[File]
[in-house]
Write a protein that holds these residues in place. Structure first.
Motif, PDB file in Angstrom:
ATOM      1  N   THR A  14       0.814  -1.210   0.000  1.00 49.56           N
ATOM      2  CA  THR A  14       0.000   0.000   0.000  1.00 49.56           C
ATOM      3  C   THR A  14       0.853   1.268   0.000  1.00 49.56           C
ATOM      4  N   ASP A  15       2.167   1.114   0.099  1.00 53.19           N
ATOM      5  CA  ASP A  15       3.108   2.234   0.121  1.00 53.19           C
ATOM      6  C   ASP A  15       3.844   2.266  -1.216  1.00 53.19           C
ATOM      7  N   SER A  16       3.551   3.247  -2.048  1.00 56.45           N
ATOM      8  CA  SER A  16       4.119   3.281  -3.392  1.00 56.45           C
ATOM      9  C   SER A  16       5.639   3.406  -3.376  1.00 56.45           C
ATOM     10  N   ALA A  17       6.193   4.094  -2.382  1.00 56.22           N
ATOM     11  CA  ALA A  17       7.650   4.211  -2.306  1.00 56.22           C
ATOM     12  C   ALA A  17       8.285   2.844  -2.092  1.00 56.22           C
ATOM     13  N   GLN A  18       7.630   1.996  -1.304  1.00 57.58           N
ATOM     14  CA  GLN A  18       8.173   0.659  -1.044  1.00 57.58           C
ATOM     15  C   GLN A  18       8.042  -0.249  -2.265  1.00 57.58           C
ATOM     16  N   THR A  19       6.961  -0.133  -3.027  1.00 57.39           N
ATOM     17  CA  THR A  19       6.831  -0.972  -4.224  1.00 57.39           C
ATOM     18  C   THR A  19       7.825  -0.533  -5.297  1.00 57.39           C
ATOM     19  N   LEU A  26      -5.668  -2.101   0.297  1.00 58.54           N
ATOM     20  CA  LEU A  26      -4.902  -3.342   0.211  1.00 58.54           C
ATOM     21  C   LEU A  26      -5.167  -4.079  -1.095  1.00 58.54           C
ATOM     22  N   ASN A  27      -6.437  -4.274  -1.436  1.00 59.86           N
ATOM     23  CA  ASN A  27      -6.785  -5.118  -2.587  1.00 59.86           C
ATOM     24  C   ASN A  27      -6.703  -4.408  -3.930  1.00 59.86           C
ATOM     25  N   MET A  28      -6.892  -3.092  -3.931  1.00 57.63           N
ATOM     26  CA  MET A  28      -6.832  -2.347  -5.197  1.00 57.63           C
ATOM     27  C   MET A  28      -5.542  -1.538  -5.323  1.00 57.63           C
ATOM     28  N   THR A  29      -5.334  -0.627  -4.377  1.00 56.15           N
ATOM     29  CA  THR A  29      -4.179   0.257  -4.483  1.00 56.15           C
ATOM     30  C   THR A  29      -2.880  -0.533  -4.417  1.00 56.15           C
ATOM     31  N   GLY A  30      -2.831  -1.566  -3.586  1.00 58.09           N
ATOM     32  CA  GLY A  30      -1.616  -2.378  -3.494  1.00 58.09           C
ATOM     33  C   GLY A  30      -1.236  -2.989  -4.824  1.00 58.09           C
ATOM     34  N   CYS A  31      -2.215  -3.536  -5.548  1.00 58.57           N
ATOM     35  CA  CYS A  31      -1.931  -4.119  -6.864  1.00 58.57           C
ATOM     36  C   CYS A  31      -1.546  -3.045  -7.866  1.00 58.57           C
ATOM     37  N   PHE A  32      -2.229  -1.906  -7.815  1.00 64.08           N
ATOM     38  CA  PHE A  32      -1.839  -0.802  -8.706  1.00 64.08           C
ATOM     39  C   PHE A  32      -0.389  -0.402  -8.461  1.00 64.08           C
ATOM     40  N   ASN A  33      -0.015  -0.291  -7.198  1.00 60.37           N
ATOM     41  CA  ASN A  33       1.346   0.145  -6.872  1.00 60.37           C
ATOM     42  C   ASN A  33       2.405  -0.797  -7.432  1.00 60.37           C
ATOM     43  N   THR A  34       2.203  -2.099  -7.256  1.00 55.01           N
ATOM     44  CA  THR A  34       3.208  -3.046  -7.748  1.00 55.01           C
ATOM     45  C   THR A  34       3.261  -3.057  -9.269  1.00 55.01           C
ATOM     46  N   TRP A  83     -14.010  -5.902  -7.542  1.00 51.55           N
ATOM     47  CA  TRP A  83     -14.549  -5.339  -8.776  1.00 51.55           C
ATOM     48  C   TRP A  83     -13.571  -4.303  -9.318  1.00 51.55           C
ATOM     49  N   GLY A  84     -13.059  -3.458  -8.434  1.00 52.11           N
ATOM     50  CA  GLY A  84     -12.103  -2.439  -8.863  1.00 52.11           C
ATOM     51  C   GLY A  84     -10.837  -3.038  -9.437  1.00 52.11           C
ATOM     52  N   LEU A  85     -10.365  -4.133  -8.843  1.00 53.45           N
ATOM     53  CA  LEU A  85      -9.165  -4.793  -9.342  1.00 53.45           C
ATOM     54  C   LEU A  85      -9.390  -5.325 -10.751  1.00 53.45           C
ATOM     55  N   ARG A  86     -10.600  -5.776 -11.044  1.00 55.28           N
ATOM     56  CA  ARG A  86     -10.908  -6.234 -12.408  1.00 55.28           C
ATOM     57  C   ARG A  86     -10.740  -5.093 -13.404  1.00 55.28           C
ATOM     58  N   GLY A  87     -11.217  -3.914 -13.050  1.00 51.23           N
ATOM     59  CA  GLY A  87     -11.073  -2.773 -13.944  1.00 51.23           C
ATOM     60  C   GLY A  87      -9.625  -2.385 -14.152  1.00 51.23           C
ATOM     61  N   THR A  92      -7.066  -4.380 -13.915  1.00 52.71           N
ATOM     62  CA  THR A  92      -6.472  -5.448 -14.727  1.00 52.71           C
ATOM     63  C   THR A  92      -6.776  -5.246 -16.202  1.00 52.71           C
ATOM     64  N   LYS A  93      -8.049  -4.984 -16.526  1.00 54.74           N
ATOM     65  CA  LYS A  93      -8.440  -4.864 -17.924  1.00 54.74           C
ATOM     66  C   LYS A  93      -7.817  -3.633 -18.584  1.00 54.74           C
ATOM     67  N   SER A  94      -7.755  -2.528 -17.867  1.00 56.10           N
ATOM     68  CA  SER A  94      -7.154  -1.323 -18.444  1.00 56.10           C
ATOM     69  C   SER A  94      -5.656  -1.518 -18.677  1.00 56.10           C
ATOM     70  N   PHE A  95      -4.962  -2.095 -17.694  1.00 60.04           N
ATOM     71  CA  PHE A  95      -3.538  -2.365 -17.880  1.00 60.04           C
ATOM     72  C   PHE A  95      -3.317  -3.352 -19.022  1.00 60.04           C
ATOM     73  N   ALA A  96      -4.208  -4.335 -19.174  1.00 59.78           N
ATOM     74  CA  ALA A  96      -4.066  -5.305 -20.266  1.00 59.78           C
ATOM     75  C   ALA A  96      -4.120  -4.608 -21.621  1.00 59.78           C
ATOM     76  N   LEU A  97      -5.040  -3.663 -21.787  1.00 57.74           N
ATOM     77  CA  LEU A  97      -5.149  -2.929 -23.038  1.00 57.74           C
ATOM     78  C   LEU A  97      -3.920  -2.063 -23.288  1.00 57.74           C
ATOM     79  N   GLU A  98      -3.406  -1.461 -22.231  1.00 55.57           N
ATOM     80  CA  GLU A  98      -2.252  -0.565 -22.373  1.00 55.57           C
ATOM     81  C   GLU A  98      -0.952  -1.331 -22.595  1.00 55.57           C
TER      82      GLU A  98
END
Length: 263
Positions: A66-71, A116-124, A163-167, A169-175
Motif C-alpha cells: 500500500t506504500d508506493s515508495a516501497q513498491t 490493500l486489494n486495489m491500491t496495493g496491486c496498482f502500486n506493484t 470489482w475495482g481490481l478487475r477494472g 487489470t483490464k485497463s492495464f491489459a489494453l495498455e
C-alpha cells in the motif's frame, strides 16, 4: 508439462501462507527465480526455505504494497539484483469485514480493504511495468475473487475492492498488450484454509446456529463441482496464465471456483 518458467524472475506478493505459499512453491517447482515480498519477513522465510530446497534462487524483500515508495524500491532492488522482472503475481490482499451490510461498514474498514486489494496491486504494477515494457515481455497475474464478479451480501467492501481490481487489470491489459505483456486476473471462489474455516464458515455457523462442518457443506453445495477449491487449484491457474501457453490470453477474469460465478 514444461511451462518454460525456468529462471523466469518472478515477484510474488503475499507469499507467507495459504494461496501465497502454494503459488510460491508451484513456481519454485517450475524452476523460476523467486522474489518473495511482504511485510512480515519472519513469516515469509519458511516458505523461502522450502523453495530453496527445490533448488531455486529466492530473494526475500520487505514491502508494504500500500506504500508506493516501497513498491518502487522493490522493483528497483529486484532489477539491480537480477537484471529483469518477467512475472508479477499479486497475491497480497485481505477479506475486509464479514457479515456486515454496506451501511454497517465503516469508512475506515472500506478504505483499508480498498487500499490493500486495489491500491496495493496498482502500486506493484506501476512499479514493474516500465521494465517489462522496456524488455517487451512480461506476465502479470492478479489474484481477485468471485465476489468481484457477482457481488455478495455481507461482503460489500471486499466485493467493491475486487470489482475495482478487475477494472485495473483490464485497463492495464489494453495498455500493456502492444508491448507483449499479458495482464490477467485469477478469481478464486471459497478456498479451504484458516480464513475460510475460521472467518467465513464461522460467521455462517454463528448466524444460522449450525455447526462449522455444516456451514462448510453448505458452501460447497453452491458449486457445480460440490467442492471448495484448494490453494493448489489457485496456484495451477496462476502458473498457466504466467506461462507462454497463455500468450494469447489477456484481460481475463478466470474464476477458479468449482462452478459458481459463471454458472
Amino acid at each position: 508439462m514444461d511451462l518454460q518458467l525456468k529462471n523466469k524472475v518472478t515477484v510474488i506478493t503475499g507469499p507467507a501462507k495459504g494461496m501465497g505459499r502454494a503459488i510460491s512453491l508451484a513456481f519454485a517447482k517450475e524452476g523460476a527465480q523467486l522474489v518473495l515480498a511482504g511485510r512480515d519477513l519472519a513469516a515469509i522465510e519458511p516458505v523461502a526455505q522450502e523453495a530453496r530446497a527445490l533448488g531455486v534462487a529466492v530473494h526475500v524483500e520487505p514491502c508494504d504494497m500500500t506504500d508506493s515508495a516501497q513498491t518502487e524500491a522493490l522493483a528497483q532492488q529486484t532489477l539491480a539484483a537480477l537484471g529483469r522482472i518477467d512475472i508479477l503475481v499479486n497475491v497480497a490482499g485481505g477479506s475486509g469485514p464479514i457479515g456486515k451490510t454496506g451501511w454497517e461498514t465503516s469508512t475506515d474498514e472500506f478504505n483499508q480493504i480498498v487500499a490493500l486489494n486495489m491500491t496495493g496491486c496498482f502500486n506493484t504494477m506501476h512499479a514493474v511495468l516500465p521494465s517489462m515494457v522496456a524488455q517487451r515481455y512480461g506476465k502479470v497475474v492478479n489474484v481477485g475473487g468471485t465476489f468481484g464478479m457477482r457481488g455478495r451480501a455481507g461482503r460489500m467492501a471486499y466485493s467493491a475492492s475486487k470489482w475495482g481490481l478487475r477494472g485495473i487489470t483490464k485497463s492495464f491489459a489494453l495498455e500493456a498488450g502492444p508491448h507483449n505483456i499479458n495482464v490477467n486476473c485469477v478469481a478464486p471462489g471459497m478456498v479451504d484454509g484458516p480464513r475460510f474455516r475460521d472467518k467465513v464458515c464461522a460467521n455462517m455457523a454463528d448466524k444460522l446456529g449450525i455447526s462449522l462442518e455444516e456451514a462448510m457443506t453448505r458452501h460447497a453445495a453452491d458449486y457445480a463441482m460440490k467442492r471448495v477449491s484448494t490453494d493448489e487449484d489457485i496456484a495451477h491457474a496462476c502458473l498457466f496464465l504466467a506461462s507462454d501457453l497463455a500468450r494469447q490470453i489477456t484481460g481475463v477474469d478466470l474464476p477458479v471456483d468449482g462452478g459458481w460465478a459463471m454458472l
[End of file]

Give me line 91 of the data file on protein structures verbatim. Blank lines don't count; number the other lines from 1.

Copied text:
Amino acid at each position: 508439462m514444461d511451462l518454460q518458467l525456468k529462471n523466469k524472475v518472478t515477484v510474488i506478493t503475499g507469499p507467507a501462507k495459504g494461496m501465497g505459499r502454494a503459488i510460491s512453491l508451484a513456481f519454485a517447482k517450475e524452476g523460476a527465480q523467486l522474489v518473495l515480498a511482504g511485510r512480515d519477513l519472519a513469516a515469509i522465510e519458511p516458505v523461502a526455505q522450502e523453495a530453496r530446497a527445490l533448488g531455486v534462487a529466492v530473494h526475500v524483500e520487505p514491502c508494504d504494497m500500500t506504500d508506493s515508495a516501497q513498491t518502487e524500491a522493490l522493483a528497483q532492488q529486484t532489477l539491480a539484483a537480477l537484471g529483469r522482472i518477467d512475472i508479477l503475481v499479486n497475491v497480497a490482499g485481505g477479506s475486509g469485514p464479514i457479515g456486515k451490510t454496506g451501511w454497517e461498514t465503516s469508512t475506515d474498514e472500506f478504505n483499508q480493504i480498498v487500499a490493500l486489494n486495489m491500491t496495493g496491486c496498482f502500486n506493484t504494477m506501476h512499479a514493474v511495468l516500465p521494465s517489462m515494457v522496456a524488455q517487451r515481455y512480461g506476465k502479470v497475474v492478479n489474484v481477485g475473487g468471485t465476489f468481484g464478479m457477482r457481488g455478495r451480501a455481507g461482503r460489500m467492501a471486499y466485493s467493491a475492492s475486487k470489482w475495482g481490481l478487475r477494472g485495473i487489470t483490464k485497463s492495464f491489459a489494453l495498455e500493456a498488450g502492444p508491448h507483449n505483456i499479458n495482464v490477467n486476473c485469477v478469481a478464486p471462489g471459497m478456498v479451504d484454509g484458516p480464513r475460510f474455516r475460521d472467518k467465513v464458515c464461522a460467521n455462517m455457523a454463528d448466524k444460522l446456529g449450525i455447526s462449522l462442518e455444516e456451514a462448510m457443506t453448505r458452501h460447497a453445495a453452491d458449486y457445480a463441482m460440490k467442492r471448495v477449491s484448494t490453494d493448489e487449484d489457485i496456484a495451477h491457474a496462476c502458473l498457466f496464465l504466467a506461462s507462454d501457453l497463455a500468450r494469447q490470453i489477456t484481460g481475463v477474469d478466470l474464476p477458479v471456483d468449482g462452478g459458481w460465478a459463471m454458472l